At harvest, the firmness of the arils was 0.91 Newton (N). The firmness of the arils declined over time and during storage, but arils treated with zinc and essential oil showed greater firmness than the control. Untreated arils decayed after 20 days of storage and showed a firmness value of 0.16 N. Arils that were treated with Zn + DEO 50 remained apparently healthy until 60 days in storage, and their ultimate firmness value was 0.21 N (Fig. 7A). There was a high negative correlation between firmness and microbial contamination (r = 0.84) (Table 3), which suggests that zinc and essential oils increased the firmness of arils indirectly due to their antimicrobial effects on the microbial load [35]. Subsequently, an increase in firmness was associated with a longer storage life (r = 0.87) (Table 3). Also, essential oils formed a thin layer on arils, which acted as a barrier against water loss, and, thus, maintained firmness [26, 44].

Fig. 7
figure 7

Changes of firmness after 20 days of storage (A) and PPO during storage (B) in pomegranate arils at 5 °C. (Zn = ZnSO4, OL 25 = Oliveria decumbens 25 µL L−1, OL 50 = Oliveria decumbens 50 µL L−1)

Polyphenol oxidase activity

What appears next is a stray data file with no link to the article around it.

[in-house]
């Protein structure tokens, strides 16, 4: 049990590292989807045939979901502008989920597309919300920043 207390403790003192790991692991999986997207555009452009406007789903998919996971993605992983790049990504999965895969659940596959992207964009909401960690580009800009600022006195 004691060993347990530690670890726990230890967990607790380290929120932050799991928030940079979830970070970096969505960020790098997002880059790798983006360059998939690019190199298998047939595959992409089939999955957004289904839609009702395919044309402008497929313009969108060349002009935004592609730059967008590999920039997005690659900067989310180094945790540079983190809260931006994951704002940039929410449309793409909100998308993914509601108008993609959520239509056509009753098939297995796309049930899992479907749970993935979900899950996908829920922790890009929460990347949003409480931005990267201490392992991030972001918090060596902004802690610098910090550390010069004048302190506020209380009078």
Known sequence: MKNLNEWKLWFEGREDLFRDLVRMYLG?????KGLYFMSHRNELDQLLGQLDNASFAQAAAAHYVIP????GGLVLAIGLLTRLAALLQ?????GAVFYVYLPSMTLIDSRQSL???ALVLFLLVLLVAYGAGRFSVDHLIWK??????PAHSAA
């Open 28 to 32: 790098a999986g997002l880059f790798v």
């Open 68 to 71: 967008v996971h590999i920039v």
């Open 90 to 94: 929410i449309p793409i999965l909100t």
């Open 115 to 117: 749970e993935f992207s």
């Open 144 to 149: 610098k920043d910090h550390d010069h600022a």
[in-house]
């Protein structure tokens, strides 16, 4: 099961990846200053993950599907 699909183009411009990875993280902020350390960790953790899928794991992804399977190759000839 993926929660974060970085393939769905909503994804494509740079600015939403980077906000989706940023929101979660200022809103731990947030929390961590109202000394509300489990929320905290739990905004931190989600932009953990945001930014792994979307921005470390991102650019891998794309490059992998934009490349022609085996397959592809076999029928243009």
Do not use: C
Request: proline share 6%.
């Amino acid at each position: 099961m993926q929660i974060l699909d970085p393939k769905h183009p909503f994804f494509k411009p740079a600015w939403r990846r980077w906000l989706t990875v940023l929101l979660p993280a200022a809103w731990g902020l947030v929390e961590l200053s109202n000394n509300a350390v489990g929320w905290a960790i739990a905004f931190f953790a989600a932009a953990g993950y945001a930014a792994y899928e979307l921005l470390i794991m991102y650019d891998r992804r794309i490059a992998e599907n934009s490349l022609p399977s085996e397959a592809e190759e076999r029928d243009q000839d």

PPO activity increases with aging and longer storage periods. It causes the dissolution of pectin materials in the cell wall, causes microbial contamination, disruption of membranes, and oxygen penetration [26]. PPO activity was more significant in the arils of the control group (Fig. 7B). The lowest level of activity was observed in arils treated with Zn + DEO 50. A gradual rise in PPO activity could explain the early, rapid browning of the arils. The PPO enzyme penetrates the thylakoid membrane, acts on the adjacent cytoplasm layer (sub), and oxidizes phenolic compounds, thereby browning the arils [45]. In the present research, the pH value of the brown arils increased simultaneously (r = 0.83) and their moisture content was lower than that of their healthy counterparts. These changes brought an imbalance between oxidative and reducing processes, which decreased membrane integrity and facilitated enzymatic oxidation, leading to the production of brown pigments in the arils [46]. Sulfites can be regarded as the main inhibitors of PPO activity in fungi and plants because they affect the active sites of enzymes directly while reducing reactive products [34]. Due to its oily structure, essential oils are usually placed as a thin layer on the product and affect the exchange of oxygen gas, thereby reducing PPO activity [26, 44]. In addition to zinc, essential oils reduce microbial contamination and inhibit PPO activity.

Microbial evaluation